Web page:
At harvest, usually the months of May or June, grain must be cut with a sickle, gathered into bundles, and then pounded and threshed to separate the chaff from the grain. Threshing of wheat, typically done in flat areas, is a symbol in the Bible for judgment (Micah 4:12). Once the wheat is threshed it must be winnowed, the sorting of worthless chaff from the useable grain. The wheat is thrown into the air, and the light chaff blows away while the heavier grain falls. The winnowing of wheat, like threshing, is used to represent God’s judgment of sin (Matt 3:12; Luke 3:17).
Newly Planted Wheatfield
Because of its usefulness, it is not surprising that grain was one of the first crops to be cultivated. The grain is useful for making flour, cereals, porridge, and can even be eaten raw. The grass can be used as food for cattle, for building material, or woven into mats and baskets. The chaff, however, is utterly worthless and must be separated out from the grain.
Durum and Emmer Wheat
With the best kernels being kept to plant the next crop, the quality of wheat has greatly improved over the millennia. Two varieties were common in Israel in biblical times, emmer and durum. Durum, also known as the bread variety, is not hulled and flourishes in warm temperate climates. Emmer, a hulled variety, can be stored for a long time, but takes a great deal of processing to be useable. It is considered inferior to durum.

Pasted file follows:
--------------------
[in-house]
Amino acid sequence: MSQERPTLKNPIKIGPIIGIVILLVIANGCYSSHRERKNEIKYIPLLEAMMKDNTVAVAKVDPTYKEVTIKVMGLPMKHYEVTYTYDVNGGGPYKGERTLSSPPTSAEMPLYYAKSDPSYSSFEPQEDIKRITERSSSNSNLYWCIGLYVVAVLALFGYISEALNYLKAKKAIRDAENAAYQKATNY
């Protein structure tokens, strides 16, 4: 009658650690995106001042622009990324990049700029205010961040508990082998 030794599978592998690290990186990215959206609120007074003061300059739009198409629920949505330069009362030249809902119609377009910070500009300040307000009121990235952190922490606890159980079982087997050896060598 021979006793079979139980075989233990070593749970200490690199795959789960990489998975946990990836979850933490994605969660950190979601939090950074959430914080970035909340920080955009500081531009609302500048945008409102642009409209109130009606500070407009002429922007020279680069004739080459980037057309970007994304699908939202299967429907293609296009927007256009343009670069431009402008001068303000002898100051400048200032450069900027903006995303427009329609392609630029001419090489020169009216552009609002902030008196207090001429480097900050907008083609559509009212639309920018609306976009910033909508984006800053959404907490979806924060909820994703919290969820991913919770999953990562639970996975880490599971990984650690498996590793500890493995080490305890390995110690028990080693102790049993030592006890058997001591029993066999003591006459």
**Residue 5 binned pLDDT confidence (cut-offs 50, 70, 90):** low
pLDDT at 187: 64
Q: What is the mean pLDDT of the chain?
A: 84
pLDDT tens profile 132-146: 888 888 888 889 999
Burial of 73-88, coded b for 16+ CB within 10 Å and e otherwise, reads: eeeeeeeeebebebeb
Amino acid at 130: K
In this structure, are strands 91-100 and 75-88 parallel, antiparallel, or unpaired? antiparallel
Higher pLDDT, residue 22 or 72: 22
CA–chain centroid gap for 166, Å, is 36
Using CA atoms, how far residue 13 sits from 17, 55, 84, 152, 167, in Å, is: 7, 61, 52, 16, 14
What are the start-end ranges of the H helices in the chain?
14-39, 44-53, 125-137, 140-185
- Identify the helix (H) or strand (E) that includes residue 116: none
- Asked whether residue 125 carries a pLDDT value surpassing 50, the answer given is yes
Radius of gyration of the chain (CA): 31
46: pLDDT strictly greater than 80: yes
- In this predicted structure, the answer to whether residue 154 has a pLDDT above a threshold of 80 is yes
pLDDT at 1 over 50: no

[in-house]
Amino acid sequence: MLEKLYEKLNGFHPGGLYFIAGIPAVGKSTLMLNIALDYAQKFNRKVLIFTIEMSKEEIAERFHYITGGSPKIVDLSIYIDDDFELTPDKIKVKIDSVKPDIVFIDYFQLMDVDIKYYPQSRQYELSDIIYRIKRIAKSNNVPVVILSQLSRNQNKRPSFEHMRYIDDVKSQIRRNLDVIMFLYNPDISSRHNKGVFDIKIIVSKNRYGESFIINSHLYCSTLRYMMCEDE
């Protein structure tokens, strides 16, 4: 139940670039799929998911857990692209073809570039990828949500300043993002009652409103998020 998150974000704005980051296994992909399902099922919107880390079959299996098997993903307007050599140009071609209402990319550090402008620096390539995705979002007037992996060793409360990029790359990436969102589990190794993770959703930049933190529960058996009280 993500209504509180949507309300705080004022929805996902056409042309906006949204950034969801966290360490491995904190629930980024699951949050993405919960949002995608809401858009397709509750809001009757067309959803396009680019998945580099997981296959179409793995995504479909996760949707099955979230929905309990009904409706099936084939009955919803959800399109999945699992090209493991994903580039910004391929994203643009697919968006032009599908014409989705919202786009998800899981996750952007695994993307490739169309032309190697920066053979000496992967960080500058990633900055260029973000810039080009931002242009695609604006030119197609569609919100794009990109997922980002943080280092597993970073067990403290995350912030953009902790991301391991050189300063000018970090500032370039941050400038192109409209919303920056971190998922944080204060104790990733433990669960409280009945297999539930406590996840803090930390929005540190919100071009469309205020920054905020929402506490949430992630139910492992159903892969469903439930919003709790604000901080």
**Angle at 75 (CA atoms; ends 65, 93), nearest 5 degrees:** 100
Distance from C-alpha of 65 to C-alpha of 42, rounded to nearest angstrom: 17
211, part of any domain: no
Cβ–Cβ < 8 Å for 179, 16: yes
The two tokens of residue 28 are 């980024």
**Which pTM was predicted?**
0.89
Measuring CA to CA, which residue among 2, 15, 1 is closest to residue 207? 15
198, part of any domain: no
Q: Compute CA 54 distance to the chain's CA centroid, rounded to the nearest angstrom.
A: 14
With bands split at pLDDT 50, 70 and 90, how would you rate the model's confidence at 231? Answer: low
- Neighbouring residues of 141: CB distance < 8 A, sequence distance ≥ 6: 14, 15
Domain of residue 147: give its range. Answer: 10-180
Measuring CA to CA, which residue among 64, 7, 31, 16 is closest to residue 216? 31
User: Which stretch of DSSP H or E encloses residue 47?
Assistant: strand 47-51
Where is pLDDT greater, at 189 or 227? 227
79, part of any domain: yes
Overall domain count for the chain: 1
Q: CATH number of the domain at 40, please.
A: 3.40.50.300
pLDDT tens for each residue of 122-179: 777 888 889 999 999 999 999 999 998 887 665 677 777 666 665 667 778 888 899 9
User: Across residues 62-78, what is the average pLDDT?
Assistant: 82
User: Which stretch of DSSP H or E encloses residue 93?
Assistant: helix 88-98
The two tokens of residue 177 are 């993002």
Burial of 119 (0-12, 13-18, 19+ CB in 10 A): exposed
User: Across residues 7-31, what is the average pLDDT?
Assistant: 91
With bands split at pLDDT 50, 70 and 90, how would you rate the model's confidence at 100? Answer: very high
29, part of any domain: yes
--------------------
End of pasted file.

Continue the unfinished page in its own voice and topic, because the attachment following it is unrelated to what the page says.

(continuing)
Wheatfield Ready for Harvest
“My people will sow wheat, but will harvest weeds. They will work until they are exhausted, but will get nothing from it. They will be disappointed in their harvests because the Lord will take them away in his fierce anger” (Jer. 12:13, NET).
A member of the annual grass family, each stem of wheat has an ear at the end. The ears contain seeds or grains. The outer layer on each seed is the bran. In whole-wheat flour, this bran, along with the germ, are left and ground into the flour. Chaff, which surrounds the grain, is useful for protecting the kernels but must be removed for the grain to be usable.
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For historical images of grain farming, see Life in the Holy Land. For a book of the Bible closely tied to harvest, see our pages on Ruth.
Israel’s Seven Species: Wheat (Jerusalem Cornerstone Foundation). A Jewish perspective on wheat in ancient Israel.
Biblical Bread: Baking Like the Ancient Israelites (Biblical Archaeology Society). One scholar’s experience baking bread in a traditional oven.